ABC Radio’s Mark Colvin dies aged 65

Colvin had been battling a rare auto-immune disease for over 20 years

ABC Radio’s PM presenter Mark Colvin has passed away aged 65. He had been struggling with a rare auto-immune disease for more than 20 years.

Colvin first joined the ABC as a cadet in February 1974, after graduating from Oxford University.

A prominent part of the ABC for almost four decades as a reporter, correspondent and presenter, Colvin was admired and respected by colleagues and audiences alike for his intellect, sharp wit and integrity.

LISTEN: Journalist Mark Colvin reflects on almost three decades of reporting

ABC managing director Michelle Guthrie said: “For many Australians, Mark’s steady and measured voice as host of PM brought them the essential news of the day and kept them informed about events of national and international importance.

“We will miss him enormously, and extend our thoughts to his family and friends.”

ANC News director  Gaven Morris said: “Mark was one of Australia’s finest journalists. He leaves an unfillable void as a journalist, a colleague and a friend.

“He was an important part of the ABC community as a mentor and teacher to young reporters and as a voice of wisdom and experience to many older ones. Our reporters and producers felt strengthened by his presence in the newsroom and emboldened by the sound of his voice on our airwaves.”

ABC shared the news of the passing on its website and social media this morning. Colleagues and other media insiders have paid tributes to the radio veteran this morning.

Statement from the family of Mark Colvin

Today we lost our beloved Mark.

The family would like to thank the doctors and nurses at the Prince of Wales hospital, as well as the community, the ABC, his friends and colleagues, who have stood by him and supported his career and life.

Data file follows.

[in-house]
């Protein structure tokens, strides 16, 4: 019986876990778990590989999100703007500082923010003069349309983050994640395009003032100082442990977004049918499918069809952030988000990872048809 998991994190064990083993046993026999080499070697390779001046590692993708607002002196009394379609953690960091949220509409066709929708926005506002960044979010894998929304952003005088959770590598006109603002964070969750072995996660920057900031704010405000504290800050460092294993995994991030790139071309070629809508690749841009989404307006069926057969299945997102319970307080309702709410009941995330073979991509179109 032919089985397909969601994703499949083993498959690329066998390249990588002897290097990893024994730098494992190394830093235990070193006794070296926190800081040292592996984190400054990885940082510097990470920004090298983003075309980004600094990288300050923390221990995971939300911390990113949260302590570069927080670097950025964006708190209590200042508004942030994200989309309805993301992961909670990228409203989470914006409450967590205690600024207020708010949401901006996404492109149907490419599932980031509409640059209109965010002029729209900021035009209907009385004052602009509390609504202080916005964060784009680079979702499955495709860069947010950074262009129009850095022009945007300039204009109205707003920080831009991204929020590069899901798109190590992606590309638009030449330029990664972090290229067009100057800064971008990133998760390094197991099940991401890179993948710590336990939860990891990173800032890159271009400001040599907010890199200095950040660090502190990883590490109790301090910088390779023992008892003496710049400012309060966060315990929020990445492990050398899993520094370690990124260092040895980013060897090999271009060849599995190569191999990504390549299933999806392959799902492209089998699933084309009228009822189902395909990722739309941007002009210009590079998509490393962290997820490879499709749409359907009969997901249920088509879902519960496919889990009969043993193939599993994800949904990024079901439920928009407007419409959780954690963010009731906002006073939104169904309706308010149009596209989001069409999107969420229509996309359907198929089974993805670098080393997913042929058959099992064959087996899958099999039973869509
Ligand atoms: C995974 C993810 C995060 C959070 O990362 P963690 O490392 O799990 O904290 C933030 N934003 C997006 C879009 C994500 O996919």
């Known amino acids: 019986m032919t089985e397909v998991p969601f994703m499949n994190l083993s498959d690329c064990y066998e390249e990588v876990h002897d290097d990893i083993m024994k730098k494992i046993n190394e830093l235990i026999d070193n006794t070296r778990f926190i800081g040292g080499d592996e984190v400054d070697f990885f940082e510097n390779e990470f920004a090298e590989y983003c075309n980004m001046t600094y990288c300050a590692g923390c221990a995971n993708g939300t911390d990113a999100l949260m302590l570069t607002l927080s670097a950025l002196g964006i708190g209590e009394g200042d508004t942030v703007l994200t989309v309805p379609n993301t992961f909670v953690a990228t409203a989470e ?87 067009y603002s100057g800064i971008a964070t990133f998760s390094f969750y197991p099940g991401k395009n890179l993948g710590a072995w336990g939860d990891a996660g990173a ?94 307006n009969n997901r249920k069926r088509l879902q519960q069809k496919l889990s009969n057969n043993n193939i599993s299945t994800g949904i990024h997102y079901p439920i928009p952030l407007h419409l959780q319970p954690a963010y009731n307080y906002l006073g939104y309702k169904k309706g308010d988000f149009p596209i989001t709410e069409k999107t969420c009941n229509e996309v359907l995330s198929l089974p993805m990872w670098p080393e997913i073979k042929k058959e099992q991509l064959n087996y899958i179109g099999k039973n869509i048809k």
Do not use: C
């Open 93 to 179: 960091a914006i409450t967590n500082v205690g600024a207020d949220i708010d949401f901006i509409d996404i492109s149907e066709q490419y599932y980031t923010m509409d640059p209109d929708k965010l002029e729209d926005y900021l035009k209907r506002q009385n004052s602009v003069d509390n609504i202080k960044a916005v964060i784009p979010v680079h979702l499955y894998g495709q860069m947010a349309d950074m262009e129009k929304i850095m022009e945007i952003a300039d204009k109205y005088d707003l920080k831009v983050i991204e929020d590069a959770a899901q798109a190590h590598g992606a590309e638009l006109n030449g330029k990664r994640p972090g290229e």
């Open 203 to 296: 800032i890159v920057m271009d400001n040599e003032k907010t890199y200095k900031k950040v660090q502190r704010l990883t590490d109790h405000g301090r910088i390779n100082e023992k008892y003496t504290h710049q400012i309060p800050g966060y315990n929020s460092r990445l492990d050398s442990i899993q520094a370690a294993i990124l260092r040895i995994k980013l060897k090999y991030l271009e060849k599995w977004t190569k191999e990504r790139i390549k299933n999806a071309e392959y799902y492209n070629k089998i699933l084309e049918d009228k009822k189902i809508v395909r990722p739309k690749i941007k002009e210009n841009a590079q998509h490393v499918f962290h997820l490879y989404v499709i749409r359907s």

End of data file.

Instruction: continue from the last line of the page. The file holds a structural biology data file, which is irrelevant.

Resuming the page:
At this moment of grief, we request the family be left to mourn in private.

Mark has asked that donations to the Prince of Wales Hospital Trust be made, in place of flowers.

Looking back at Mark Colvin’s career

Colvin first joined the ABC as a cadet in February 1974, after graduating from Oxford University.

He went to work on the newly-founded 2JJ (the precursor to triple j) and spent three years presenting news, interviewing and producing current affairs and documentary specials. A year as a TV news producer in Canberra followed, then a year as one of the first reporters (along with Jenny Brockie, Paul Murphy and Andrew Olle) on Nationwide.

In 1980, at the age of 28, Mark was appointed the ABC’s London correspondent, travelling to cover such major stories as the American hostage crisis in Tehran and the rise of Solidarity in Poland. He returned to Australia in 1983 and was the founding presenter of The World Today on ABC Radio.

The following year, Mark went to Brussels as the ABC’s Europe Correspondent, covering the events right across the continent as the Cold War began to thaw and Mikhail Gorbachev began the process that would lead to the lifting of the Iron Curtain. That meant, among other things, broadcasting live from the history-making Reagan-Gorbachev summits in Geneva and Reykjavik.

From 1988 to 1992, Mark was a reporter for Four Corners, making films on the French massacre of Kanaks in New Caledonia, the extinction of Australia’s fauna, and the Cambodian peace process, among many others. His film on the Ethiopian famine won a Gold Medal at the New York Film Festival and was runner-up for an International Emmy Award.

In 1992 Mark was posted to London as the ABC’s TV Current Affairs Correspondent, mainly reporting for Foreign Correspondent, The 7.30 Report and Lateline. His language skills and long European experience paid off in stories such as the rise of Jean-Marie Le Pen’s National Front in France, the Balkans war, and the revelations of how corruption and organised crime had infiltrated Italy’s post-war governments.

In 1994, after a visit to Rwanda and Zaire, Mark was taken ill with a rare autoimmune system disease, which nearly took his life. Many months in hospital followed.

Mark spent a further 18 months back in Europe before returning to Sydney in 1997 to take up the position of Presenter for ABC Radio’s PM, interviewing many of Australia’s political leaders and leading coverage of major international events such as the Arab Spring.

In 2016 he authored the book Light and Shade: Memoirs of a Spy’s Son – the incredible personal story of a father waging a secret war against communism during the Cold War, while his son comes of age as a journalist during the tumultuous Whitlam and Fraser years.

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